When a Summer Internship Leads to
a Marketing Career

Jessica Lindor, '09, who concentrated in marketing, had a background in consulting. Planning to switch careers, she chose Chicago Booth to prepare her for her next step. A summer internship at Kraft Foods gave her a taste of consumer packaged goods marketing, one of many experiences launching Lindor on her career as a brand manager.

Preparing for Today’s Marketing Challenges

I wanted to prepare myself for a new career in marketing. When I spoke to brand managers in the field, the actual work was highly quantitative—and becoming increasingly so. Chicago Booth has taught this forever, so I knew I’d work with lots of data. And the more comfortable you are working with data, the better marketer you can be. I knew Chicago Booth would definitely prepare me for that challenge.

Also, I liked the fact that recognition of Chicago Booth’s approach to marketing is on the rise. I knew I’d have access to top faculty. I also felt like I would be able to make more of an impact, especially as the Marketing Group co-chair. With a leadership role, I’d have the opportunity to help shape what the group does.

A Career Change: Marketing Strategy

I didn’t have any previous marketing experience, but I knew Chicago Booth would help me make a career change. I worked for Deloitte Consulting in the strategy operations division. I got a close look at different industries and also worked on various projects, from health care to the wireless industry.  The one thing I really liked about all of my projects was that they dealt with understanding customer needs and figuring out how to make your product meet them, which is marketing strategy. That’s why I chose it as my focus at Chicago Booth.

Bringing Innovation to an Internship

I was a summer associate brand manager at Kraft, assigned to the California Pizza Kitchen (CPK) brand. In assessing the competition, I looked at what CPK could do to expand its space in the market, what new customers they might go after, or what new regions they might try to expand into. Within three weeks of my presentation, we heard from the sales staff that our competitors were expanding to three places I had predicted.

I was also asked to turn an individual serving of barbecued chicken into a three-pack for Costco. Originally, I thought it was fairly simple—taking an existing product and putting it into a bigger package for the customer. Instead, I was also involved with forecasting sales and figuring out when our manufacturer should produce the product.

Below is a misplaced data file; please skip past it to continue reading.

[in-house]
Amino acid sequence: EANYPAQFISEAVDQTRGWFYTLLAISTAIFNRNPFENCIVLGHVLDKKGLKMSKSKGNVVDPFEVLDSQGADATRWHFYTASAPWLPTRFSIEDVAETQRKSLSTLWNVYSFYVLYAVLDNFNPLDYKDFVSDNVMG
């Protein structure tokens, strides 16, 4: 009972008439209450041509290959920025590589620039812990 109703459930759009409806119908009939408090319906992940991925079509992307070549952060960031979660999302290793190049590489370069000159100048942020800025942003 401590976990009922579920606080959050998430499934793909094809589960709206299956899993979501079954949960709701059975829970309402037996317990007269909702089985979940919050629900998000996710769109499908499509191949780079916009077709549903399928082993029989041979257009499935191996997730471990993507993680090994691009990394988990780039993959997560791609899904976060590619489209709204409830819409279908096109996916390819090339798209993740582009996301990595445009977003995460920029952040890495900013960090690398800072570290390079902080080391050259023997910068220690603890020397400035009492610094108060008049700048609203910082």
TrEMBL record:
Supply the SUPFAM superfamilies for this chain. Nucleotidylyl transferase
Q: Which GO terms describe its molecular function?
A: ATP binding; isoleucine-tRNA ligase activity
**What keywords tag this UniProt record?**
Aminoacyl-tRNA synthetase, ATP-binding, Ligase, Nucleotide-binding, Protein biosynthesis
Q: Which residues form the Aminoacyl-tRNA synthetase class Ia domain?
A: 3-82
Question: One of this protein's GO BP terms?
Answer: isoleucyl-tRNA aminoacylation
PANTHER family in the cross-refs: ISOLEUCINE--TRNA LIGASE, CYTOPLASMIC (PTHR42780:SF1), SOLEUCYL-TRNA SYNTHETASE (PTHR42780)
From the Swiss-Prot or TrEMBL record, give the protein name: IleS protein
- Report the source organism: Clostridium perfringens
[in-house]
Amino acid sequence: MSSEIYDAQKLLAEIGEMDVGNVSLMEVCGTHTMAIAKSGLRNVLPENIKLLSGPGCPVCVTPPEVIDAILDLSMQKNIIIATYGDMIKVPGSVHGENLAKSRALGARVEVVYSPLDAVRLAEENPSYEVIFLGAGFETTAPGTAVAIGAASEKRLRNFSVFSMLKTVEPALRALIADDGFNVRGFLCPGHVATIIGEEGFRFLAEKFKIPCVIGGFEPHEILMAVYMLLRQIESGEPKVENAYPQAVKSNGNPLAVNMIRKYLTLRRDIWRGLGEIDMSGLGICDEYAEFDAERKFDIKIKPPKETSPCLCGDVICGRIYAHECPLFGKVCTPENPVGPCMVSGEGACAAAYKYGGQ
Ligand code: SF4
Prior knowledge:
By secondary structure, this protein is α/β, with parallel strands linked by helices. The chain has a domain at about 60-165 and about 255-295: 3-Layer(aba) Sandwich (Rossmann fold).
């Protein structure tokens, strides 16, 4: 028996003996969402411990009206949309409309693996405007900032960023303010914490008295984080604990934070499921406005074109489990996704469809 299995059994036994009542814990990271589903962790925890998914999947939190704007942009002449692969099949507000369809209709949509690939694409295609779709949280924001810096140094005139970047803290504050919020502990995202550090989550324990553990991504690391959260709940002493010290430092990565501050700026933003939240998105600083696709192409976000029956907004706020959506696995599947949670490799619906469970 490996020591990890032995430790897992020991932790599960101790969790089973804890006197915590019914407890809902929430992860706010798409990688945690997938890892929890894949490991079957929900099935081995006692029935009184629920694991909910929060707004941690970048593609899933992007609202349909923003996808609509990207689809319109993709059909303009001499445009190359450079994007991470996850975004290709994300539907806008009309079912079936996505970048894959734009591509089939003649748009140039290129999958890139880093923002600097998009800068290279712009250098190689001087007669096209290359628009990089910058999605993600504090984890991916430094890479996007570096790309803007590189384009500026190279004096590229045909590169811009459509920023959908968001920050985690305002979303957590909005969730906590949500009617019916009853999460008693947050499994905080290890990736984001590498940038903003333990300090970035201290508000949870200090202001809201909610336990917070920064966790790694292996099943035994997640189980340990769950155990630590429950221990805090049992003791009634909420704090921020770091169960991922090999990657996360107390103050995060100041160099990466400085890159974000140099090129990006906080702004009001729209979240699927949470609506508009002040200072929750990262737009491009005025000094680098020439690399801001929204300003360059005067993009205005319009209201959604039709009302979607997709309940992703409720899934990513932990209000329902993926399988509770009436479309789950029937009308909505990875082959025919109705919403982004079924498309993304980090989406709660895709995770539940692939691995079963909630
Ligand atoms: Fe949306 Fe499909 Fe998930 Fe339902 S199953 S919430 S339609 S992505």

A third assignment was bringing the consumer to life. I came up with the idea of creating a website—a tool that could be used by everybody at Kraft who needed a really good understanding of the consumer. I was on a road show my last week, showing it to people outside the brand team. That felt good because I saw it wasn’t just an intern project, or something only the brand team would use.

Coursework Laid the Foundation—Fast

Not having come in with marketing knowledge, my fall quarter was key in helping me pick up the terminology and also apply it, which really helped prepare me for internship recruiting. I knew about the four Ps and the three Cs and the different frameworks because the marketing strategy course gave me the entire framework for analyzing problems. In spring quarter, I took data driven marketing, which was much more data intensive than anything I’ve done before. We used Nielsen data, so I understood what all the terms meant before I got to Kraft. 

Taught to Question Everything

During the internship, I realized how incredibly comfortable my fellow Chicago Booth students seemed with data and analysis. I think this can be attributed to the analytical nature of both the marketing course work as well as the other classes. Since Chicago Booth students are taught to always question everything, I think we’re better equipped to think outside the box.

What’s Next: Putting It All Together

I plan to work in brand management at Kraft. What I like about marketing is that you make the recommendations and you have to implement them. People speak at a very high level of what marketing is, and it isn’t until you actually experience what brand managers do that you understand how they facilitate and drive an organization’s impact.